Purpose: To evaluate by impression cytology (IC) the corneal surface of live limbal tissue donor eyes for autograft or allograft limbal stem cell transplantation (LSCT).

Methods: Twenty limbal donors were enrolled (17 for autograft LSCT and 3 for allograft). Impression cytology was performed before transplantation of superior and inferior limbal grafts and after the third postoperative month. Read More

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[Establishment of goat limbal stem cell strain expressing Venus fluorescent protein and construction of limbal epithelial sheets].

Sheng Wu Gong Cheng Xue Bao 2010 Dec;26(12):1636-44

Shaanxi Stem Cell Engineering and Technology Research Center, College of Veterinary Medicine, Northwest A & F University, Yangling 712100, China.

The integrity and transparency of cornea plays a key role in vision. Limbal Stem Cells (LSCs) are precursors of cornea, which are responsible for self-renewal and replenishing corneal epithelium. Though it is successful to cell replacement therapy for impairing ocular surface by Limbal Stem Cell Transplantation (LSCT), the mechanism of renew is unclear after LSCT. Read More

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December 2010

Long-term outcomes of autolimbal and allolimbal transplants.

Ophthalmology 2010 Jun 16;117(6):1207-13. Epub 2010 Feb 16.

Division of Ophthalmology and Visual Sciences, University of Nottingham, England.

Objective: To evaluate the long-term results of limbal stem cell transplantation (LSCT) in patients with ocular surface (OS) disease.

Design: Retrospective consecutive cohort study.

Participants: Case records of 27 eyes of 26 patients (19 males and 7 females) who presented with unilateral or bilateral total limbal stem cell deficiency and treated at the Department of Ophthalmology were examined. Read More

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Limbal stem cell transplantation: an evidence-based analysis.

Authors:

Ont Health Technol Assess Ser 2008 1;8(7):1-58. Epub 2008 Oct 1.

Objective: The objective of this analysis is to systematically review limbal stem cell transplantation (LSCT) for the treatment of patients with limbal stem cell deficiency (LSCD). This evidence-based analysis reviews LSCT as a primary treatment for nonpterygium LSCD conditions, and LSCT as an adjuvant therapy to excision for the treatment of pterygium.

Background:

Clinical Need: CONDITION AND TARGET POPULATION The outer surface of the eye is covered by 2 distinct cell layers: the corneal epithelial layer that overlies the cornea, and the conjunctival epithelial layer that overlies the sclera. Read More

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October 2012

A comparison between cultivated and conventional limbal stem cell transplantation for Stevens-Johnson syndrome.

Am J Ophthalmol 2007 Jan 1;143(1):178-80. Epub 2006 Sep 1.

Department of Ophthalmology, Kyoto Prefectural University of Medicine, 465 Kaiji-cho, Hirokoji-agani, Kawaramachi-dori, Kamigyo-ku, Kyoto 602-0841, Japan.

Purpose: To compare the resolution of inflammation and long-term results of cultivated and conventional limbal stem cell transplantation (LSCT) in a patient with Stevens-Johnson syndrome (SJS).

Design: Interventional case report.

Methods: A 32-year-old man with SJS and bilateral total limbal stem cell deficiency underwent cultivated LSCT in the right eye, followed by conventional LSCT in the left eye three weeks later. Read More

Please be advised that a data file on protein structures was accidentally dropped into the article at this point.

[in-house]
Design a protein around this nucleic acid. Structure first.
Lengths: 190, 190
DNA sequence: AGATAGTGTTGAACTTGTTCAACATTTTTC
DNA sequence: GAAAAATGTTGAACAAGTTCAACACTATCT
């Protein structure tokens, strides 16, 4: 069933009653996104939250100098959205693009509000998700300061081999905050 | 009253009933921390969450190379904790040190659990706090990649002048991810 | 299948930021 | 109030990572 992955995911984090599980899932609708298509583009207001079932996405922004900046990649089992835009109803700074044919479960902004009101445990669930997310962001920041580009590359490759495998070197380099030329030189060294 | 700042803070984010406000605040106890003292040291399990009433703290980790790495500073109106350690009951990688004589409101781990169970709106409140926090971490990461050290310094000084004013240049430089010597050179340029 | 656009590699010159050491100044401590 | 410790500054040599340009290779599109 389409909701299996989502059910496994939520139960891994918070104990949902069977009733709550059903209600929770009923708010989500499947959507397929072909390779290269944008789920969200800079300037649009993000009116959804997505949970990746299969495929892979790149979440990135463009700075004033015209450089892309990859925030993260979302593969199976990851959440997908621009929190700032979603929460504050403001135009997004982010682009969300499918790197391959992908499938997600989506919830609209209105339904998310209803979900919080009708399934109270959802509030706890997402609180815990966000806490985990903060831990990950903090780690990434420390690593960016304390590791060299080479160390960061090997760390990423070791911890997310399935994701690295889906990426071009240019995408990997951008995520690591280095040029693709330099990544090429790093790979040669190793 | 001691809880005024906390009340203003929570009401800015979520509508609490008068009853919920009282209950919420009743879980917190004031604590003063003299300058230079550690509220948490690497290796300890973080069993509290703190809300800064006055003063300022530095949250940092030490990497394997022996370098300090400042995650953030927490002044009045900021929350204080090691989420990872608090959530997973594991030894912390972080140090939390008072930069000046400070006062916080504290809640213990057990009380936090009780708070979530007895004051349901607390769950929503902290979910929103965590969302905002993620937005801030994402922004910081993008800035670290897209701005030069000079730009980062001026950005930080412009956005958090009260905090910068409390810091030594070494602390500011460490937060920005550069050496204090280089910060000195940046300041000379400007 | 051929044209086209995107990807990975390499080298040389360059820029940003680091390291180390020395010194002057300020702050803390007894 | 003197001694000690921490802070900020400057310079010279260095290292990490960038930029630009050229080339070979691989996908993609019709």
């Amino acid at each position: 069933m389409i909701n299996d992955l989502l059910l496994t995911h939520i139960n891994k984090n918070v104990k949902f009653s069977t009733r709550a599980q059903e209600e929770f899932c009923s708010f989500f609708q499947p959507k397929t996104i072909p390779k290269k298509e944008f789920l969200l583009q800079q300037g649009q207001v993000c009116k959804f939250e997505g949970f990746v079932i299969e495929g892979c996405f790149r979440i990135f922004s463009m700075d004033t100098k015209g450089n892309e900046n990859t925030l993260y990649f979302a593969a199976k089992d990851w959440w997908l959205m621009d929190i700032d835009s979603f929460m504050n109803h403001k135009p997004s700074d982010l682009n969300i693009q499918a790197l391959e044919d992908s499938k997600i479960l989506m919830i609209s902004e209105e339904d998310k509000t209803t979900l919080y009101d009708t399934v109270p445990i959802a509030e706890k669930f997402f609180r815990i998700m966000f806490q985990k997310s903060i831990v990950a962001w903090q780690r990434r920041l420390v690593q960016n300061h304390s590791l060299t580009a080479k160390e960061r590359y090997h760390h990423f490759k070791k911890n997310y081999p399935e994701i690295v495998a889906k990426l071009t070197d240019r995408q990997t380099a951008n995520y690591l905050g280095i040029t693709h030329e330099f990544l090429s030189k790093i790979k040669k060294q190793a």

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January 2007

Limbal graft and/or amniotic membrane transplantation in the treatment of ocular burns.

Ophthalmologica 2005 Sep-Oct;219(5):297-302

Department of Ophthalmology, University Hospital Sestre milosrdnice, Zagreb, Croatia.

Limbal stem cell transplantation (LSCT) and amniotic membrane transplantation may improve corneal recovery after a chemical burn. Amniotic membrane was applied as a patch in 5 eyes; LSCT from healthy contralateral eye was performed in 6 eyes, and a combination of these techniques was performed in 4 eyes. There were no complications during surgical procedure. Read More

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September 2005

Limbal stem cell transplantation in chronic inflammatory eye disease.

Ophthalmology 2002 May;109(5):862-8

Ocular Immunology and Uveitis Service, Department of Ophthalmology, Massachusetts Eye and Ear Infirmary, Boston, Massachusetts 02114, USA.

Objective: The goal of this study was to describe the outcome of limbal stem cell transplantation (LSCT) in patients with severe ocular surface disease caused by underlying chronic inflammatory eye disease.

Design: Retrospective noncomparative case series.

Participants: Nine patients with limbal stem cell deficiency caused by an underlying ocular inflammatory disease who underwent LSCT. Read More

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Limbal stem cell transplantation for the treatment of subepithelial amyloidosis of the cornea (gelatinous drop-like dystrophy).

Cornea 2002 Mar;21(2):177-80

Department of Ophthalmology, Tokyo Dental College, 5-11-13 Sugano, Ichikawa-shi, Chiba 272-8513, Japan.

Purpose: Subepithelial amyloidosis of the cornea, or gelatinous drop-like corneal dystrophy (GDD), is a severe form of corneal stromal amyloidosis predominantly found in the Japanese population. GDD causes severe visual disturbances with irritating symptoms, and keratoplasty is inevitably complicated by early recurrence. This study was conducted to evaluate the efficacy of limbal stem cell transplantation (LSCT) for the treatment of GDD. Read More

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Amniotic membrane surgery.

Curr Opin Ophthalmol 2001 Aug;12(4):269-81

Cornea Service, Massachusetts Eye and Ear Infirmary, Harvard Medical School, Boston, Massachusetts 02114, USA.

Human amniotic membrane (AM) is composed of three layers: a single epithelial layer, a thick basement membrane, and an avascular stroma. Amniotic membrane has anti-adhesive properties and is felt to promote epithelialization and decrease inflammation, neovascularization, and fibrosis. Amniotic membrane transplantation (AMT) is currently being used for a continuously widening spectrum of ophthalmic indications. Read More